While it is obvious, it is worth remembering that the pandemic left most organizations in a state of uncertainty and challenged business leaders in a number of ways: daily operations, delivery systems, overall company resiliency, customer satisfaction, and employee retention, to name a few. Given the struggles, the pandemic taught many organizations valuable lessons, and some were fortunate to have thrived and shown resiliency through the crisis. However, now as we continue to move past the pandemic, many organizations are beginning to experience some of the after-effects, specifically, among company culture. When the pandemic hit, almost all organizations involuntarily had to turn their in-office workforce into a remote workforce. This instantaneously impacted company culture. Now, post-pandemic, many organizations are balancing: back to in-office, hybrid, remote work – in any combination. This again, bringing on new challenges to company culture.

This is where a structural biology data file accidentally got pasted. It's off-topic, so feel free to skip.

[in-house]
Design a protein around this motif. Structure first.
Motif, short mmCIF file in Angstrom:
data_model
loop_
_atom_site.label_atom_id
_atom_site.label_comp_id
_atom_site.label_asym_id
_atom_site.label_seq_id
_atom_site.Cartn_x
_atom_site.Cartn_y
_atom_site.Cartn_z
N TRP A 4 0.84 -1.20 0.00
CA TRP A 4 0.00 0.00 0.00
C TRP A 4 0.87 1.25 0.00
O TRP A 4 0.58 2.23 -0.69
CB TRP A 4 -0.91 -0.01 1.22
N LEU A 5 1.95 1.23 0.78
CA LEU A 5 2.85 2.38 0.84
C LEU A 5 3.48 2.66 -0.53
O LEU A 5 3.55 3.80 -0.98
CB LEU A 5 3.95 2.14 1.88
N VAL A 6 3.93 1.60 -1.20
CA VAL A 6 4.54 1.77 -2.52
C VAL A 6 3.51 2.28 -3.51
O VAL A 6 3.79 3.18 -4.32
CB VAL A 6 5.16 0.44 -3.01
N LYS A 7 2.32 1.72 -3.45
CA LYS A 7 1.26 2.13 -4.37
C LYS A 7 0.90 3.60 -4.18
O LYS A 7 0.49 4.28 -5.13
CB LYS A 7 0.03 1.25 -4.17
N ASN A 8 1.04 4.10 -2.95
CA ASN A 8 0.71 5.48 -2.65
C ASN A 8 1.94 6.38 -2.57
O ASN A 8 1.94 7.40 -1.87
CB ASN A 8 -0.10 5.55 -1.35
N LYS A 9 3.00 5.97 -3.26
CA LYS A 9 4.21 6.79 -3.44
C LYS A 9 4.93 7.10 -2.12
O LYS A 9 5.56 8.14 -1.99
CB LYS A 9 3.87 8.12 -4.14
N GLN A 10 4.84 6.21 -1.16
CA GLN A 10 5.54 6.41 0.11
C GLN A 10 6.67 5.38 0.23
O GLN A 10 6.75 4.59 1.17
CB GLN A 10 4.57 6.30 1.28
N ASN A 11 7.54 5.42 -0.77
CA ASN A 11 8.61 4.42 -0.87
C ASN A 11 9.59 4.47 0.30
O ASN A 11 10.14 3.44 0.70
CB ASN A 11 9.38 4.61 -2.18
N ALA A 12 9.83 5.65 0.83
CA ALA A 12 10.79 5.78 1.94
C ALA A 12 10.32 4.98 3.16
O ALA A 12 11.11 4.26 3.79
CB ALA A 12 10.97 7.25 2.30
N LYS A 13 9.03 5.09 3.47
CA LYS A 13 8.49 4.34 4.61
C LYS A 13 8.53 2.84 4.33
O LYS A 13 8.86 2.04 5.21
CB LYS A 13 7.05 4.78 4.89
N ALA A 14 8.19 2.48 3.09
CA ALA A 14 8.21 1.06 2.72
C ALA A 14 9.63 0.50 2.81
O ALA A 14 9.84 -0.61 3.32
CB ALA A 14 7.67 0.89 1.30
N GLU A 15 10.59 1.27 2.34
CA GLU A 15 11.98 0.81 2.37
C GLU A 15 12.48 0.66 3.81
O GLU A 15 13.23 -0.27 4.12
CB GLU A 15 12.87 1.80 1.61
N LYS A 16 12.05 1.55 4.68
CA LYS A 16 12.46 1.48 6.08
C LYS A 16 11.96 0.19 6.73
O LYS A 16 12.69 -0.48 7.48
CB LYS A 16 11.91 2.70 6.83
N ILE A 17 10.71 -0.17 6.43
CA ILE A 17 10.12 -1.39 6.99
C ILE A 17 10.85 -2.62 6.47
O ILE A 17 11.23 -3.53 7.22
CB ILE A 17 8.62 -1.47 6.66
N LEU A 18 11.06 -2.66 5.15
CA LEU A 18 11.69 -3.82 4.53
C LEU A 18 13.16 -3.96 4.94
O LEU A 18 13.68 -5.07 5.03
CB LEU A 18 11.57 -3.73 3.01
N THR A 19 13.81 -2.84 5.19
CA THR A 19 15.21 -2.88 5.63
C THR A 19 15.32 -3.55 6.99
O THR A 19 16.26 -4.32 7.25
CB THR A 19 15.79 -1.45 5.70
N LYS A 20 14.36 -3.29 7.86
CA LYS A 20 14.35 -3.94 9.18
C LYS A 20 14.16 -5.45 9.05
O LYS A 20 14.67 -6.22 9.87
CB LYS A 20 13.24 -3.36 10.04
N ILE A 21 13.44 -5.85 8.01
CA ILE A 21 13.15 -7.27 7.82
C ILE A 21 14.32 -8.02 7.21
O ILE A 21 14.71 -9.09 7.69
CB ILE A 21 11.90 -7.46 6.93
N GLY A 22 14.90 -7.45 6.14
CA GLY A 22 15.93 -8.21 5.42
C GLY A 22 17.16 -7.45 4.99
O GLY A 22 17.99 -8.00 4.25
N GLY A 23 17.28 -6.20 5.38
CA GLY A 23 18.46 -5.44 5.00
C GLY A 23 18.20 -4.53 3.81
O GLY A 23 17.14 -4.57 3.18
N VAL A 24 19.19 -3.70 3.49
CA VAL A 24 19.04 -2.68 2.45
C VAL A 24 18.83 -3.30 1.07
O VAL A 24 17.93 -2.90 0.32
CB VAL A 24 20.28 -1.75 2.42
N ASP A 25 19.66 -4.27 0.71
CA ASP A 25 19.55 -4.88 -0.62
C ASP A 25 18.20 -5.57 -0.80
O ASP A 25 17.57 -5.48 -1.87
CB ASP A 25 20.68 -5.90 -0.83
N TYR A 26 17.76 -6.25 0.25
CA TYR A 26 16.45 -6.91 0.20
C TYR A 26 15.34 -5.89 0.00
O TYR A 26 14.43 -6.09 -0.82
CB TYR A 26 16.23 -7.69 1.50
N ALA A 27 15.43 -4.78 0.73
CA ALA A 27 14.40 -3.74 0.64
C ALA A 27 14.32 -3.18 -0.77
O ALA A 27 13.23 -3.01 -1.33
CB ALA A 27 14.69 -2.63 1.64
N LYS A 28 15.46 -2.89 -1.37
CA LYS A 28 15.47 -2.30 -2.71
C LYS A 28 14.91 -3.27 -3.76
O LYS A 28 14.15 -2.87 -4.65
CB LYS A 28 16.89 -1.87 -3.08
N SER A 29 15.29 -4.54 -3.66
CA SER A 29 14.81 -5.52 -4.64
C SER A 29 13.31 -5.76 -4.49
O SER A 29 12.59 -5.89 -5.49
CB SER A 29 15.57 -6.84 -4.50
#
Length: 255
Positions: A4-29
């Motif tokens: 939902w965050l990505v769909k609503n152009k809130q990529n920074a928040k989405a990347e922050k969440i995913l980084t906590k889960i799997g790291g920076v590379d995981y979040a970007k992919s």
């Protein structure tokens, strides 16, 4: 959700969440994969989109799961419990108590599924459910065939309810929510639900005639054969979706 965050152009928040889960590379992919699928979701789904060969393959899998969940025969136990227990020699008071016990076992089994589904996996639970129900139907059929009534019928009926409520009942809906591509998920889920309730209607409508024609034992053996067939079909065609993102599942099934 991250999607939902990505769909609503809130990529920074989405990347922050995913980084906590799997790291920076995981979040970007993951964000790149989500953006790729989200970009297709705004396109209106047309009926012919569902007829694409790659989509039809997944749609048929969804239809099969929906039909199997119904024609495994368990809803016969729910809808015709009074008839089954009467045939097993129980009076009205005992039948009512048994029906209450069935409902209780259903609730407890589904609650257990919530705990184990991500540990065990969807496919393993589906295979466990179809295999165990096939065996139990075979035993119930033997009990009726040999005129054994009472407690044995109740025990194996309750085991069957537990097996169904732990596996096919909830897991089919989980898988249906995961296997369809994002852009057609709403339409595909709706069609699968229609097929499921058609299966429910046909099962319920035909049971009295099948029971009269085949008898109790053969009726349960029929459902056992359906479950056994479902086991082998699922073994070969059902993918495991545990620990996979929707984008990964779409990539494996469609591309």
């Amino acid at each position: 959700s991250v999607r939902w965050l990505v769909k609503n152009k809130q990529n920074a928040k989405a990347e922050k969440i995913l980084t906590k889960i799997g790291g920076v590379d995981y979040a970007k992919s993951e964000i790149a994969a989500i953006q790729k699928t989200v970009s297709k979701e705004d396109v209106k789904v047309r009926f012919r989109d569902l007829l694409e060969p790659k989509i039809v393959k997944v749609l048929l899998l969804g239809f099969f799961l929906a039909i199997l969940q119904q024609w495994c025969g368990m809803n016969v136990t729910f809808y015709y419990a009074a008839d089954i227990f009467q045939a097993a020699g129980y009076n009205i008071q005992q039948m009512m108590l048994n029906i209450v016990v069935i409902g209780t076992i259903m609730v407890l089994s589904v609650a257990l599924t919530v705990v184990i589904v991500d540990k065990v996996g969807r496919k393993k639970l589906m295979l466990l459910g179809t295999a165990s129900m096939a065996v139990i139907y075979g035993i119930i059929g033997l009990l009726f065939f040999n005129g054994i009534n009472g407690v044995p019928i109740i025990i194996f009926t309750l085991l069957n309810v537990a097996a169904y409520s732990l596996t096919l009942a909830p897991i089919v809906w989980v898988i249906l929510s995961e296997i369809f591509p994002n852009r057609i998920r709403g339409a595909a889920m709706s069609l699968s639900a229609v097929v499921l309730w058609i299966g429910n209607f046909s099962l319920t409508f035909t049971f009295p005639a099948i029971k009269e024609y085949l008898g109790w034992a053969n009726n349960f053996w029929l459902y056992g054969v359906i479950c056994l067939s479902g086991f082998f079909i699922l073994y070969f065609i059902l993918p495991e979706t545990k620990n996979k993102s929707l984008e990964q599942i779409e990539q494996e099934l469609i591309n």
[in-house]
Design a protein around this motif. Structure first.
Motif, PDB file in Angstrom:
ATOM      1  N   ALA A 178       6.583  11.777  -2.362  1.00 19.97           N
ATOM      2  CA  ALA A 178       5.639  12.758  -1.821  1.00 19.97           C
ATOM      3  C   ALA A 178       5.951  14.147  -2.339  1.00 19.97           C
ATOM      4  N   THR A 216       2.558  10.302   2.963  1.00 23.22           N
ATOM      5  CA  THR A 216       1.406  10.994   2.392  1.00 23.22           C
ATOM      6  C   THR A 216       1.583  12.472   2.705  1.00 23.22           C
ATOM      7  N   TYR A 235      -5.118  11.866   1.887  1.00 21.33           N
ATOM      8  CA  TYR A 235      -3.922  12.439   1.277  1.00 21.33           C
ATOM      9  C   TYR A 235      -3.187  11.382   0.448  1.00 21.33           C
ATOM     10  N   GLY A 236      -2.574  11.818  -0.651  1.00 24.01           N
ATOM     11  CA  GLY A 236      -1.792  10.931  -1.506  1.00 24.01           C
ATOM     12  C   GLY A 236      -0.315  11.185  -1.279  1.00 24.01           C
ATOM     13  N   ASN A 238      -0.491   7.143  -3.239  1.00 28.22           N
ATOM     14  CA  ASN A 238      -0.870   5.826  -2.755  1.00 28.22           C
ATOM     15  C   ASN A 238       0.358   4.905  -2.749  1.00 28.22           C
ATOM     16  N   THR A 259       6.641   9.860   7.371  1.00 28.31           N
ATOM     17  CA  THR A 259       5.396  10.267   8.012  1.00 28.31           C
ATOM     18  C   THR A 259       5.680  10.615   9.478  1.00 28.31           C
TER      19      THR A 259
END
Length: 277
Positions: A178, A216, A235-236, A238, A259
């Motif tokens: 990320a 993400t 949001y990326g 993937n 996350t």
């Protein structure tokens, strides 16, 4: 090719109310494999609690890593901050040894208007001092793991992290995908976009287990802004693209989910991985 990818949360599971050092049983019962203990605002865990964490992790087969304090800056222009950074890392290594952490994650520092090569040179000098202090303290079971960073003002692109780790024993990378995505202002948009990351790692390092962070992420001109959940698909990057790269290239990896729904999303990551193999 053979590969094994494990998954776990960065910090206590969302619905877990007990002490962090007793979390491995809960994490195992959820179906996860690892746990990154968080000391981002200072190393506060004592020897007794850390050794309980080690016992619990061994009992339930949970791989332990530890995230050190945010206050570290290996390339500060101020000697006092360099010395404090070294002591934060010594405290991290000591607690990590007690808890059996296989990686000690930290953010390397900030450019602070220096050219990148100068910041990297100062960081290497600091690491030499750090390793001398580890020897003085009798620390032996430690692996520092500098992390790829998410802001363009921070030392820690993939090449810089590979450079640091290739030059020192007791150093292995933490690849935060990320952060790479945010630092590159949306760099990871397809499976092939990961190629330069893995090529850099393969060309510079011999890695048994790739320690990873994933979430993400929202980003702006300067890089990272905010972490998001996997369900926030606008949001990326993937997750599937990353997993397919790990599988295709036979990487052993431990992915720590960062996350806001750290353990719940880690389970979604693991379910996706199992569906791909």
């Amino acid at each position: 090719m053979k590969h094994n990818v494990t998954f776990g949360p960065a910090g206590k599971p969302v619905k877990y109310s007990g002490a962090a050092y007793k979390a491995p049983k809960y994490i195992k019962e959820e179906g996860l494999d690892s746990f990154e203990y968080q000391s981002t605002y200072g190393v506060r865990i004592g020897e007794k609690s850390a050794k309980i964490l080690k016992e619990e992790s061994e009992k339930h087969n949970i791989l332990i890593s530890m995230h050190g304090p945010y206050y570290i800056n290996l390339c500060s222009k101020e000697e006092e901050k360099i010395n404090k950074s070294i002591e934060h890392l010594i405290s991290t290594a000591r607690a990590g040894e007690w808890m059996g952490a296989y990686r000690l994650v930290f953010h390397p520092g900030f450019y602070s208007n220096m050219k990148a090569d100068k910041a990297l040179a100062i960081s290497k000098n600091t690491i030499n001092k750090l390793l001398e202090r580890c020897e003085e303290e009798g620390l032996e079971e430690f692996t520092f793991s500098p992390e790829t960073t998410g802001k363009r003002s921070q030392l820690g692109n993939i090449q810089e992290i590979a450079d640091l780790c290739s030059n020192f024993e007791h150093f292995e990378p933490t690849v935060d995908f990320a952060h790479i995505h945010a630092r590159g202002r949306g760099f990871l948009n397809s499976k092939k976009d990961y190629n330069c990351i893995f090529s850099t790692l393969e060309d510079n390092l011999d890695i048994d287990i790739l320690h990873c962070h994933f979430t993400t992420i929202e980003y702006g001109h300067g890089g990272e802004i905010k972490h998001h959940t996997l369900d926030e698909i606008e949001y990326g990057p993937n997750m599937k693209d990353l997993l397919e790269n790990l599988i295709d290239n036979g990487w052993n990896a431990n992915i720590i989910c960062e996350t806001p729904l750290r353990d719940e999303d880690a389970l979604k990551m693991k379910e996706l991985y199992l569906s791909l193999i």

Investopedia defines company culture or corporate culture as the beliefs and behaviors that determine how a company’s employees and management should interact and perform. To add on, effective company culture allows the organization to consistently achieve its goals. Organizations who have a strong and effective company culture experience many benefits, some of these which include: increased employee productivity, more creativity and innovation from employees, employee retention rates increase, increased channels of communication between upper management and employees, increased talent attraction, and increased overall customer satisfaction, to name a few. Arguably, organizations that put a strong emphasis on developing a strong and effective company culture are prioritizing one of their most precious assets – - employees. Consequently, employees who feel valued and supported are more motivated and produce better work, which may strengthen customer experience and satisfaction, which can lead to greater profitability.  

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